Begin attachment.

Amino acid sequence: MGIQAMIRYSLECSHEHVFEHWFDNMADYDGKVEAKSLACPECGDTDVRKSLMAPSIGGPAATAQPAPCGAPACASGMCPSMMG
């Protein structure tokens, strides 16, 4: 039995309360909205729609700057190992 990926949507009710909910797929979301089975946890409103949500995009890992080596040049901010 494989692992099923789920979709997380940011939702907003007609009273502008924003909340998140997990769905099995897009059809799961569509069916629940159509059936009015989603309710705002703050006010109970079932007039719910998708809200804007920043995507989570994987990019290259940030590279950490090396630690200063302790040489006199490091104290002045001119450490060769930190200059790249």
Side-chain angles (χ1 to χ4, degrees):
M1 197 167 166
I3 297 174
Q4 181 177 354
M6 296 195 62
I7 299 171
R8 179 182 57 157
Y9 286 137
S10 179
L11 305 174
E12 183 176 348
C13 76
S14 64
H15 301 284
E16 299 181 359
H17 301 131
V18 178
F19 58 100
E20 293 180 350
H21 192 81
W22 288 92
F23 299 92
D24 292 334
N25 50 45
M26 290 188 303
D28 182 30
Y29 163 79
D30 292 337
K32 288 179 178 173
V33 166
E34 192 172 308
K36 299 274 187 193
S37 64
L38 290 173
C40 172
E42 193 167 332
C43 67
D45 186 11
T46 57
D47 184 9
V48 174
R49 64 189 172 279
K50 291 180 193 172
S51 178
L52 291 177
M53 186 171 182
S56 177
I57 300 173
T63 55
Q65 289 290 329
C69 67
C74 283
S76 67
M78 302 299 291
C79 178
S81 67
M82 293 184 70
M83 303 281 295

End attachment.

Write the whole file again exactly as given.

Amino acid sequence: MGIQAMIRYSLECSHEHVFEHWFDNMADYDGKVEAKSLACPECGDTDVRKSLMAPSIGGPAATAQPAPCGAPACASGMCPSMMG
């Protein structure tokens, strides 16, 4: 039995309360909205729609700057190992 990926949507009710909910797929979301089975946890409103949500995009890992080596040049901010 494989692992099923789920979709997380940011939702907003007609009273502008924003909340998140997990769905099995897009059809799961569509069916629940159509059936009015989603309710705002703050006010109970079932007039719910998708809200804007920043995507989570994987990019290259940030590279950490090396630690200063302790040489006199490091104290002045001119450490060769930190200059790249």
Side-chain angles (χ1 to χ4, degrees):
M1 197 167 166
I3 297 174
Q4 181 177 354
M6 296 195 62
I7 299 171
R8 179 182 57 157
Y9 286 137
S10 179
L11 305 174
E12 183 176 348
C13 76
S14 64
H15 301 284
E16 299 181 359
H17 301 131
V18 178
F19 58 100
E20 293 180 350
H21 192 81
W22 288 92
F23 299 92
D24 292 334
N25 50 45
M26 290 188 303
D28 182 30
Y29 163 79
D30 292 337
K32 288 179 178 173
V33 166
E34 192 172 308
K36 299 274 187 193
S37 64
L38 290 173
C40 172
E42 193 167 332
C43 67
D45 186 11
T46 57
D47 184 9
V48 174
R49 64 189 172 279
K50 291 180 193 172
S51 178
L52 291 177
M53 186 171 182
S56 177
I57 300 173
T63 55
Q65 289 290 329
C69 67
C74 283
S76 67
M78 302 299 291
C79 178
S81 67
M82 293 184 70
M83 303 281 295